Eastside activists feel scarce and don't back down

  They know their turf. Often they're all alone in their attempts to rescue public lands from overcutting, overgrazing and overappropriation of scarce water essential to native fish.


In the Northwest, inland from the Cascade Mountains, environmental activists can't hide behind the anonymity that big cities provide. They're out there, in ones and twos, a highly visible minority in isolated communities that live or die by logging, grazing and farming. Their adversaries stand in line next to them at the grocery check-out stand. Their allies are hundreds of miles away.


Tonia Wolf works alone in the central Oregon town of Prineville to speak for the wildlife and unlogged old-growth pines of the nearby Ochoco National Forest. One of the reasons activists east of the Cascades are so committed, she says, is that they see themselves as the only line of defense against exploitation of public lands.


"I'm the only one doing this on the Ochoco. If I leave it, it will die." Not just the campaign, she means, the forest itself.


Melodramatic, somewhat desperate, but the sentiment is echoed by Susan Prince of the Bend-based Central Oregon Forest Issues Committee: "You feel like if you walk away, they'll cut it all down."


Still, Wolf says, if she isn't talking to a reporter on the environment beat, her life in a rural community generally requires avoidance of inflammatory rhetoric. "You're more circumspect. I'm really aware of the consequences of the requests that I make. I have to keep checking my position to make sure I'm not on some self-indulgent trip."


To be effective, Eastside forest activists get out in the field, making forest managers look at consequences of specific decisions.


From her base in Walla Walla, Wash., for instance, Judith Johnson directs the National Audubon Society's Eastside Adopt-a-Forest program. She organized a successful partnership project with the U.S. Forest Service that enlisted environmentalists to conduct the first-ever inventory of old-growth forests east of the Cascades.


The project revealed that the national forests of the Eastside had significantly less old growth in dedicated old-growth areas than the agency had estimated - 20 percent to 50 percent less, depending on the forest. In some cases, areas marked as old-growth reserves in forest plans had been logged years earlier.


Those findings, combined with other research and threats of a lawsuit, spurred the Forest Service to study eastside forest health and sharply reduce logging until a new Eastside ecosystem plan is developed and in place.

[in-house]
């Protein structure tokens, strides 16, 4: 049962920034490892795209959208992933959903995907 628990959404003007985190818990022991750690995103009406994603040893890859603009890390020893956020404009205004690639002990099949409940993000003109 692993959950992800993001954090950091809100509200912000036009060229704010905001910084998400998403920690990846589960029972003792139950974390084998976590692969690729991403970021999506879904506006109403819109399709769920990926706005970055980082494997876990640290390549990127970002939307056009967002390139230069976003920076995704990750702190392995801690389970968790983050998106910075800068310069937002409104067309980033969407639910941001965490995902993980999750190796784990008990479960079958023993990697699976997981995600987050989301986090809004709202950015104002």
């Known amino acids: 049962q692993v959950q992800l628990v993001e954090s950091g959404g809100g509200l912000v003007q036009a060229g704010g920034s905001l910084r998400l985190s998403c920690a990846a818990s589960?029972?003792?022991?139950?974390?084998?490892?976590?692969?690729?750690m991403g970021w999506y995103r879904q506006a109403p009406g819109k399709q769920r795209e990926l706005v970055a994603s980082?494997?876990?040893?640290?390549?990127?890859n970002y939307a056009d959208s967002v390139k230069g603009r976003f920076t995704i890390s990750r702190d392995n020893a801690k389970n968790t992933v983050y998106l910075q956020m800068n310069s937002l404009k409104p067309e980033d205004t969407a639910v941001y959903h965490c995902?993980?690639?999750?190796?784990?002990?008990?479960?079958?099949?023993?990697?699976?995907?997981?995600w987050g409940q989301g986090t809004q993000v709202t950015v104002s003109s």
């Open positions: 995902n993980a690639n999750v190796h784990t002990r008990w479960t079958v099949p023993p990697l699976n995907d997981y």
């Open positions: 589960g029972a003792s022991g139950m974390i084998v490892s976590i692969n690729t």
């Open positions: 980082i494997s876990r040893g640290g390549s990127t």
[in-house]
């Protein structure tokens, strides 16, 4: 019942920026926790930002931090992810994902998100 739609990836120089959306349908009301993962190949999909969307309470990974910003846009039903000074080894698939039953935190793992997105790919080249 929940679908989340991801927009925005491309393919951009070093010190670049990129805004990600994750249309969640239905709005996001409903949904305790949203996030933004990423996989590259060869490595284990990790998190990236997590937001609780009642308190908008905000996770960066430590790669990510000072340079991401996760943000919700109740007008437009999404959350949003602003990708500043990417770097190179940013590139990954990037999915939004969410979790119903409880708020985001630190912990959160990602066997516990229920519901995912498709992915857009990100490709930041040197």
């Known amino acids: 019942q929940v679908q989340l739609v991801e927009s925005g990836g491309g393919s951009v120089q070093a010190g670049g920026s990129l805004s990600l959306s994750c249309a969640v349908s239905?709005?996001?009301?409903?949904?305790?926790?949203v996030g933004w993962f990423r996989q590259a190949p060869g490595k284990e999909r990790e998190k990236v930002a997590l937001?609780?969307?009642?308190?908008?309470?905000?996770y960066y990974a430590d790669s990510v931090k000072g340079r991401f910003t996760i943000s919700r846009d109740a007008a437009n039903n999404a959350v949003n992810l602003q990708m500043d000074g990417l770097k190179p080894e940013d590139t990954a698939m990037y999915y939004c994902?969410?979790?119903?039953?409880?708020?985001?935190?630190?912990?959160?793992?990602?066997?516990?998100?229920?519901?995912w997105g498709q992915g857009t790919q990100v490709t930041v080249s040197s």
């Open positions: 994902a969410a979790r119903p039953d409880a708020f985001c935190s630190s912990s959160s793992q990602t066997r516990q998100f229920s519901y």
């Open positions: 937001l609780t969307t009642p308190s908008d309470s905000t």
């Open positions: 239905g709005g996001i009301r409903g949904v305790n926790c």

Grass-roots environmentalists like Wolf and Prince are now monitoring each proposed timber sale to make sure stringent standards known as "screens' are followed.


"Our people have been on every unit of every sale," Johnson says. "We've walked the ground. It's been an education for the ranger district people. They've had to walk these units too, and suddenly they've had to focus on old growth, riparian zones and wildlife. The whole process has enabled Forest Service employees to do their jobs better."


Working face-to-face with officials and opponents, instead of interacting by long-distance mail or phones or legal pleadings, sometimes leads to an atmosphere of fear that has to be conquered, says Jere Payton of Oroville, Wash.


Payton is an out-front environmentalist who monitors the Okanogan, a forest abutting the Canadian border, where roadless areas contain some of the last chunks of wilderness large enough to support wolves and grizzlies. Pushing for habitat protection, she's been the target of an intimidation campaign waged by the wise-use movement, which locally is in full battle dress supporting logging and grazing and a controversial proposed gold mine.


The campaign against Payton has included verbal death threats and a fax alert that drew 152 of her opponents to a meeting where she and local officials discussed her proposal for an international park. There has also been an orchestrated effort to deny Payton meeting space in public buildings. Local wise-use groups have boasted of victories in their newsletters.


"I admire my neighbors and like them," says Payton, who has lived in Okanogan County for 20 years. "However, my neighbors have been radicalized by their trade press, which paints (all environmentalists) as radicals." She says wise-use propaganda tells her neighbors "we're trying to steal their children's future."


The intimidation took different shape elsewhere in northeastern Washington. Two activists discovered loosened lug nuts on their car as they headed into a snowstorm, and a school board was pressured to remove two teachers from their classrooms because they espoused environmental causes. (One teacher was Payton's husband.)


Forty activists and outside experts came together in Okanogan County in late August to discuss survival and coalition-building strategies.


"We're talking about folks who were already isolated in their communities," said Tarsa Ramos of the Western States Foundation, a nonprofit organization that provides technical assistance to progressive grass-roots groups. "All this is combining to create an atmosphere of social sanctions for intimidation, harassment, even violence against environmental activists."


* K.D.